And it might also save himself—what? He could not help wondering quickly what his guests were thinking.
A faint whiff of lavender came to his nostrils. He heard his mother draw a soft, sobbing breath, and caught the gleam of her handkerchief, as she drew it from the little old-fashioned bag which she carried. He heard his father’s feet shuffling uneasily.
His mother! His father! Was he ashamed of them?
There was a click, and a flood of light
was poured upon the old couple and their son. Allan’s countenance was ashamed and angry; Jess’s was bowed till it was almost hidden; Donald’s was scarlet, as his hand fell from the switch.
But the younger man’s eyes were steadfast, and he smiled first at his parents and then at his guests. If he had not gained an altogether honourable victory, he had escaped a dishonourable defeat.
“Let me introduce my father and mother, who have at last paid me their long-promised visit,” he said in a clear voice. “My Father and my Mother— Miss Mildred Windus—Sir Arthur Windus.
Mr. Fergus straightened himself, and touched an invisible hat, Mrs. Fergus curtseyed, and Sir Arthur returned their quaintly respectful salutes with rather elaborate politeness.
Mildred got up, came round the table smiling, and shook hands with the old people.
“You have had a long journey, Mrs. Fergus,” she said gently. “Can I help your mother in any way, do you think?” she asked, turning to her host.
Mrs. Fergus smiled tremulously, and suddenly her husband recovered his old self-confidence. The fine young lady had met the “auld wife” in the friendliest fashion!
“Man, Donald,” he cried, with a loud laugh, “we gi’ed ye a splendit surprise, did we no’? Eh?”
But Donald was looking at Mildred, who had slipped her beautiful bare arm through his mother’s black-covered one, and was opening the door of the dining-room.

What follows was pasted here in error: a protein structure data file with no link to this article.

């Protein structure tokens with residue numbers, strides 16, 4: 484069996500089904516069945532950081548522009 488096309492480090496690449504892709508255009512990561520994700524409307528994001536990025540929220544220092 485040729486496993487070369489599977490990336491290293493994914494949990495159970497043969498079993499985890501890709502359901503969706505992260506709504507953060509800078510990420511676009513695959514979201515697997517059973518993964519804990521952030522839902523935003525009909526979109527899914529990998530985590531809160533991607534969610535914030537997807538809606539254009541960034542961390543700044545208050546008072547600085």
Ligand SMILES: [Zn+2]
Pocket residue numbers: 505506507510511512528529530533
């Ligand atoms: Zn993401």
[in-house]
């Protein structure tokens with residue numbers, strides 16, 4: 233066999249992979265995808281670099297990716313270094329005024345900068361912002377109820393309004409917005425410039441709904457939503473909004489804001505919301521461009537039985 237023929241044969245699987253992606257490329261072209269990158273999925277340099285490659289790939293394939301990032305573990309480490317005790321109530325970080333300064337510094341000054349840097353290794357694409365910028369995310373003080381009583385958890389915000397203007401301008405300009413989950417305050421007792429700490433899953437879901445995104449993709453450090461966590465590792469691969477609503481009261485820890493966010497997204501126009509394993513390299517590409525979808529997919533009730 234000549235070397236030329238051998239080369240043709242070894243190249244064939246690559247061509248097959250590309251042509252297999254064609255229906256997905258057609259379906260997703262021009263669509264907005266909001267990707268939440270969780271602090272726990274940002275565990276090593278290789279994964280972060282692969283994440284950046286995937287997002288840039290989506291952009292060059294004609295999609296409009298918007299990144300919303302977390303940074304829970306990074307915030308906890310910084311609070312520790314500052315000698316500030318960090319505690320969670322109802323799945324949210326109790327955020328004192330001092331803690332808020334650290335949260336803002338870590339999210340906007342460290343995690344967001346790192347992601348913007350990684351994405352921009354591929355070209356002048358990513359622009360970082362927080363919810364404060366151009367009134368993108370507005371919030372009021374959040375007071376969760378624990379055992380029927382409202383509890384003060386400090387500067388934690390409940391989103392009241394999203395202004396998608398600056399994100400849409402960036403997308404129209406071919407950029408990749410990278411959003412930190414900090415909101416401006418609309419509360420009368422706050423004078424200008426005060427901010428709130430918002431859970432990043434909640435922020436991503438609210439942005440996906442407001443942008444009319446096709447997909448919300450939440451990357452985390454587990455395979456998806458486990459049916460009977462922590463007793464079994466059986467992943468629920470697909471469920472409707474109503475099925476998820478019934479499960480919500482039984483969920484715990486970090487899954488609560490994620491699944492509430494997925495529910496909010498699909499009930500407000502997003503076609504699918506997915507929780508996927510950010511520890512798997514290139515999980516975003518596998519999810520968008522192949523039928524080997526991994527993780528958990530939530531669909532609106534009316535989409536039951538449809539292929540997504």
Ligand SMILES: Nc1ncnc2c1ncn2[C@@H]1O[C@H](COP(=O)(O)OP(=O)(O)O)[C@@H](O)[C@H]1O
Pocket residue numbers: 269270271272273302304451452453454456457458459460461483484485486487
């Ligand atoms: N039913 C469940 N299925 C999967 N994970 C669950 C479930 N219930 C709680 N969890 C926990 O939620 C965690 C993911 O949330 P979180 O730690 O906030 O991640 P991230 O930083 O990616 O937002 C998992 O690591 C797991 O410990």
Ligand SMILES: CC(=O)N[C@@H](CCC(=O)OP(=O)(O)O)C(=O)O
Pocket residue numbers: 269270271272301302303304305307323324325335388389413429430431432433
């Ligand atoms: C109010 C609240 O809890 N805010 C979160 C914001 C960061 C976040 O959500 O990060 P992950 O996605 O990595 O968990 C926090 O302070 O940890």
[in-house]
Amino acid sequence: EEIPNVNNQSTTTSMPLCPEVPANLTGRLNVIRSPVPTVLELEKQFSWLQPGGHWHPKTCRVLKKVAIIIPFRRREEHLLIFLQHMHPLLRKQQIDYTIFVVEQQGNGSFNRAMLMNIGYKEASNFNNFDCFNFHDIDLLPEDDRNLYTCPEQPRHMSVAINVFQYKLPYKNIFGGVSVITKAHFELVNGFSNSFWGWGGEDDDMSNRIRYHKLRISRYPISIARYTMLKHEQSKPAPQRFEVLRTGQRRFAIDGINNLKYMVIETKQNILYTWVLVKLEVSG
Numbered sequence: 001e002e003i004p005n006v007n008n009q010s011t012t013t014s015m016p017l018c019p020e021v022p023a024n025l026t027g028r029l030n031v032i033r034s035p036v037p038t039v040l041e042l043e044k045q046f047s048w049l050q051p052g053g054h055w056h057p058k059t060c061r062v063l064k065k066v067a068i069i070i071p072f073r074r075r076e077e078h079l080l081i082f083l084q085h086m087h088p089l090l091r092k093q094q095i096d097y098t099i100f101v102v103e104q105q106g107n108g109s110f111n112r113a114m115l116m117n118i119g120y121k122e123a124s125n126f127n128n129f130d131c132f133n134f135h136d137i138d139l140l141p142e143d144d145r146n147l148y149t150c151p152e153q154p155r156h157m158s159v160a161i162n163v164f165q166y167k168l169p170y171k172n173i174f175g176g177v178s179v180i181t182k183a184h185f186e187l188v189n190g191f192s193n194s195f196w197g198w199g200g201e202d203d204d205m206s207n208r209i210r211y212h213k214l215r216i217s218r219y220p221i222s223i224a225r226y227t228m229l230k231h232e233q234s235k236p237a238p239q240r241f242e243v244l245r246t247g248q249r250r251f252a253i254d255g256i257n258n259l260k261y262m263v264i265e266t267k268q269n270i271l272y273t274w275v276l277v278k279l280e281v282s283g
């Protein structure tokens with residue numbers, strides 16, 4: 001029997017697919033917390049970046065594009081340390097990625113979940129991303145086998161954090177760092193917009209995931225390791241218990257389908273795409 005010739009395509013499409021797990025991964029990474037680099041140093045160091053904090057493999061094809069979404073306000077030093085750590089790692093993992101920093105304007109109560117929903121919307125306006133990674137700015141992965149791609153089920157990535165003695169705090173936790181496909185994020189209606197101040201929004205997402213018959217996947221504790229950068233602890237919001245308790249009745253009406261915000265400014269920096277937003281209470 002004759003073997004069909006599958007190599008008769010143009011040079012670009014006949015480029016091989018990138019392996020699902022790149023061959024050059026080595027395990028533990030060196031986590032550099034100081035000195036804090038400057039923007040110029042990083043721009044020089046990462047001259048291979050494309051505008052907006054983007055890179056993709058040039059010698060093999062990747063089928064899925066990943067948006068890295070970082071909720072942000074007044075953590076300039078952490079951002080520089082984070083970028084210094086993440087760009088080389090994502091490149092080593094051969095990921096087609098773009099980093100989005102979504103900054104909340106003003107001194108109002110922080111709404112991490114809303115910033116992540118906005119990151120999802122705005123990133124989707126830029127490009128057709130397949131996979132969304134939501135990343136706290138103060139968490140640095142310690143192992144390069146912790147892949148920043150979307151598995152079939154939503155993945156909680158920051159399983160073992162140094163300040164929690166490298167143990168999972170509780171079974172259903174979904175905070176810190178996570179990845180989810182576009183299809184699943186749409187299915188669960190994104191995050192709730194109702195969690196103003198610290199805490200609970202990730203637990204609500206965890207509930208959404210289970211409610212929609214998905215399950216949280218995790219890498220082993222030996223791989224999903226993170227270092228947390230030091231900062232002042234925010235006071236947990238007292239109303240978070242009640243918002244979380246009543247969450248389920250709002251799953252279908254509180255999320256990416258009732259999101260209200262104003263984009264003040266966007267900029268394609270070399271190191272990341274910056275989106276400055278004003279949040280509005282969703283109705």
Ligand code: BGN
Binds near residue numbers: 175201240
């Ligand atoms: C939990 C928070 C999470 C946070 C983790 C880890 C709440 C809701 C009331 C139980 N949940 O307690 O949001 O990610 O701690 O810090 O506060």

“I’m sayin’ it was a splendit surprise!” Mr. Fergus pursued. “Yer mither wasna in favour o’ it, but Ikent it wud turn oot a’ richt. ’’Deed, ay! A splendit surprise!”
The door closed, and Donald turned to his father. Suddenly he laughed merrilv.
“Yes ;it was just a splendid surprise, father!” he said. “And now what shall
1 order for you and mother?”
“Well, Mildred,” remarked Sir Arthur, with a yawn, as the brougham took them homewards at a comparatively early hour, the theatre having been given up at Mildred’s suggestion. “Our friend Fergus came through that awkward experience fairly well, I must admit.”
“Yes,” said Mildred, absently.
“And it was really quite providential that the quaint old curios turned up when they did,” the baronet continued with a laugh. “It must have helped you to make up your mind. Wfcat?”
“Yes,” said Mildred, still more absently.
“And so to-morrow your answer to our good but badly-connected friend will be—”
“Yes,” said Mildred, once more,with
a contented little sigh.
The Newspapers of the Future
Robert Donald, Managing Editor of The Daily Chronicle, has been forecasting the future and prophesying what newspapers of twenty or more years hence are likely to be. His remarks, which were presented in his address to the British Institute of Journalists, of which he is President, have attracted a good deal of comment in Europe because of the standing and position he occupies.
His paper, The Daily Chronicle, is the leading Liberal paper of Great Britain and has in the last few years introduced more progressive and successful policies than probably any other paper in the United Kingdom. One of its latest developments is the delivery of papers 200 miles beyond London by motor car. His remarks, of course, on circulation, apply to the British home field only where they have perhaps 45,000,000. In Canada, a circulation of 50,000 would about equal the half million Mr. Donald speaks of. There are now several papers in Canada which are about or exceed that. Even MacLean’s Magazine is steadily approaching that figure.
In his prophesy on the localized and specialized newspapers he confirms a paper read before the Canadian Press Association some seventeen years ago.